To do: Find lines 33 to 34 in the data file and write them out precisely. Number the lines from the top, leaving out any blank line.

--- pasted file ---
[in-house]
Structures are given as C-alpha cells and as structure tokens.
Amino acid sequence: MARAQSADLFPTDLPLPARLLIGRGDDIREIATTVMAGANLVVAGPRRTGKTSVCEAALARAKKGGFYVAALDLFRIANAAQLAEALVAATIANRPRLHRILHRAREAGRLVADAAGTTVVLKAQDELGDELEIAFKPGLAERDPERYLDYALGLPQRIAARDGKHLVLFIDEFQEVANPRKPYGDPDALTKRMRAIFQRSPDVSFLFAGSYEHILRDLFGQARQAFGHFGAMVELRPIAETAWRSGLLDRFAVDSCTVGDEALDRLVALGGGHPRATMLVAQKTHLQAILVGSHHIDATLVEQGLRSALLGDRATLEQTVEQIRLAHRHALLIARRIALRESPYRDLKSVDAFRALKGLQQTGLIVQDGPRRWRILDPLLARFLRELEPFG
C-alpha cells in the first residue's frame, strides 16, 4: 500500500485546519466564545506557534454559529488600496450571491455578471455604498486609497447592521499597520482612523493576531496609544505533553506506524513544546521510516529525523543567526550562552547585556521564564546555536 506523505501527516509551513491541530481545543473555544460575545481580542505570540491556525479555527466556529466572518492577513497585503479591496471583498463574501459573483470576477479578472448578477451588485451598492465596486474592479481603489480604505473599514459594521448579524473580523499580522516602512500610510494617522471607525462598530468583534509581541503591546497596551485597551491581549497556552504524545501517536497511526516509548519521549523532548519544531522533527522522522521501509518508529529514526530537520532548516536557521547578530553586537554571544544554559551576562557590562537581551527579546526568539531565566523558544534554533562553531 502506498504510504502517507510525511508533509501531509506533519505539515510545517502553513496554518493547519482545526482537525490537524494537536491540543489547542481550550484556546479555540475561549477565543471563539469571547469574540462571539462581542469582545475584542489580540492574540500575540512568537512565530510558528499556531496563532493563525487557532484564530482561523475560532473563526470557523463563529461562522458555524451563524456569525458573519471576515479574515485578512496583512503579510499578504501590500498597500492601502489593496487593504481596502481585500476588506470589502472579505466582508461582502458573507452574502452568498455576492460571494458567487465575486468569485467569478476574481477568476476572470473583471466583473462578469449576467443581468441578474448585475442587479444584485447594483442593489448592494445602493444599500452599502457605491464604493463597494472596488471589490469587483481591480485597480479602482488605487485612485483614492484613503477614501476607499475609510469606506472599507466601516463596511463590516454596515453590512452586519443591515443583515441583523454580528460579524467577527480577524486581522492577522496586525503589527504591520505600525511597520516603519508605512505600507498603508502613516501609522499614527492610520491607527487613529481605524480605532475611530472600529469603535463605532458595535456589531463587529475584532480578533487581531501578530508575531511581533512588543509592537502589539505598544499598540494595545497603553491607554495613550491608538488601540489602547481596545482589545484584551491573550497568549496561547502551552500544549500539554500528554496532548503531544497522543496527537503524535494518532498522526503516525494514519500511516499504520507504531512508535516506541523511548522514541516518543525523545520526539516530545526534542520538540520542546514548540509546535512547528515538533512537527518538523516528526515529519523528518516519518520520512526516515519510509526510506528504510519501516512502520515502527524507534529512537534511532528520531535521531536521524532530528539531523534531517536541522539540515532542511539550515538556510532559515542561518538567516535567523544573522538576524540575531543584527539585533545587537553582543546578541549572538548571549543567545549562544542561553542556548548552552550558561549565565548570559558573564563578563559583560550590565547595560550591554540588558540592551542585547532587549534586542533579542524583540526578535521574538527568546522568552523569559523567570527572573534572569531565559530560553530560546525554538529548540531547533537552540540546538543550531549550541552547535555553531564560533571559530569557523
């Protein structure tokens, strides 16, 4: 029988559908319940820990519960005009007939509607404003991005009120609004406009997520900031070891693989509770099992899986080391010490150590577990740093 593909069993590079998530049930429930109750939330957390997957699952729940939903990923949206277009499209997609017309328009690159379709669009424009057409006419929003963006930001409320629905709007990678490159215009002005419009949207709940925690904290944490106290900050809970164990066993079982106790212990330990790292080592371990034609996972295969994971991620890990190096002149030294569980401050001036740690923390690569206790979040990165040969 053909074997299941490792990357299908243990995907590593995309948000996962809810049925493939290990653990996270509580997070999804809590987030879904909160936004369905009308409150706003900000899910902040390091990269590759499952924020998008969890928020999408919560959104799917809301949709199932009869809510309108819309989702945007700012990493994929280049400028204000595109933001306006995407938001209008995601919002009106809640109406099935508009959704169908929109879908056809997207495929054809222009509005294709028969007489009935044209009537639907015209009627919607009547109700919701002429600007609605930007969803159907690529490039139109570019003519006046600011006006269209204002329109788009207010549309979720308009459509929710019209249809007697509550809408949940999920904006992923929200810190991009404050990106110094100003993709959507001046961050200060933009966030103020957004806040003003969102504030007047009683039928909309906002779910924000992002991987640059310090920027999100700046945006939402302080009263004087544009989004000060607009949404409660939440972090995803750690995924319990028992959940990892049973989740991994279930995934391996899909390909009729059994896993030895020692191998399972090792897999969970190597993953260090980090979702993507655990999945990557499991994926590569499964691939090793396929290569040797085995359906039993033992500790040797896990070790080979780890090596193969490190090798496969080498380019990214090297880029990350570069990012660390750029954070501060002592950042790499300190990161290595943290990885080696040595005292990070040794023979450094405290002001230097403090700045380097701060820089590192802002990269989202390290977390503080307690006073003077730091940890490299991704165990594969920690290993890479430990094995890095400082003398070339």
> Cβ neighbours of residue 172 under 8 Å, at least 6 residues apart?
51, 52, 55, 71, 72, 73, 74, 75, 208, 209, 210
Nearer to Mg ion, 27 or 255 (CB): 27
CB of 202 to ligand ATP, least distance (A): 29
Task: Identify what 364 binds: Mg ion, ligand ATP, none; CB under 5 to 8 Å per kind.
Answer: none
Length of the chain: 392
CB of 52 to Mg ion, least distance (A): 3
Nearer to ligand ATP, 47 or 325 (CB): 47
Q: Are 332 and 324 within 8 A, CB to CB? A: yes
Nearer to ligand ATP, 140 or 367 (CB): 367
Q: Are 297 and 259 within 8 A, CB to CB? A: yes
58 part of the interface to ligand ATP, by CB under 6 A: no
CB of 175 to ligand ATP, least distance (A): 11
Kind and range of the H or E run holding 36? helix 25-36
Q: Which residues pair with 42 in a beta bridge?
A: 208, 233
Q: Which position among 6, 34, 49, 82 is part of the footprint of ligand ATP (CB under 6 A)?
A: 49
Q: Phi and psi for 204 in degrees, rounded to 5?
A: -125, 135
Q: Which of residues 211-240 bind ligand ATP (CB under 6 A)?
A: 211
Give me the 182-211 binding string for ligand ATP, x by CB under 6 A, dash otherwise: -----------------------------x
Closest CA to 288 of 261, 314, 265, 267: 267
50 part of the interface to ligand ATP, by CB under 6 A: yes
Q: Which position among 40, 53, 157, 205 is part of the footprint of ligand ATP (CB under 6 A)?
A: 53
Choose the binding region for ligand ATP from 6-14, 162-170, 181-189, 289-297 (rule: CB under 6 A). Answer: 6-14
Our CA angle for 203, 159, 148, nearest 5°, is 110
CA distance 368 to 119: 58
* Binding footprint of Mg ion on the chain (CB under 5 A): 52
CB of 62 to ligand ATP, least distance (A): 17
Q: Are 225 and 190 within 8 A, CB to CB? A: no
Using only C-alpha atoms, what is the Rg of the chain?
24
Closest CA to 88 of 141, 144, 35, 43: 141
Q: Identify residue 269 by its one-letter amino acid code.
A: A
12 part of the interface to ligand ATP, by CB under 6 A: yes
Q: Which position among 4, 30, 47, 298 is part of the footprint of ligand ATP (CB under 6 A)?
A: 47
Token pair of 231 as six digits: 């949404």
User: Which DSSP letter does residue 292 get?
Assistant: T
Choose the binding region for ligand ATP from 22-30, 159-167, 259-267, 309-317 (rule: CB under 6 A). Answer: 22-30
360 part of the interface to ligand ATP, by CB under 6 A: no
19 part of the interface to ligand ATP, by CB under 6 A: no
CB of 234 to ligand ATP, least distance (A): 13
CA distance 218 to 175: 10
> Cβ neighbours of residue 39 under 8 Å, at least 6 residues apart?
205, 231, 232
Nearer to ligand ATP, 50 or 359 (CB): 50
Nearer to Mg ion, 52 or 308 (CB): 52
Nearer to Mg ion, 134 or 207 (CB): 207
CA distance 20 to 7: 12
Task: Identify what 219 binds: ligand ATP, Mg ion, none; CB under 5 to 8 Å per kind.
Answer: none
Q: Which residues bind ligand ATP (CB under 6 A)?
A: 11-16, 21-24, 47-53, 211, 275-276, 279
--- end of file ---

A: 53
Choose the binding region for ligand ATP from 6-14, 162-170, 181-189, 289-297 (rule: CB under 6 A). Answer: 6-14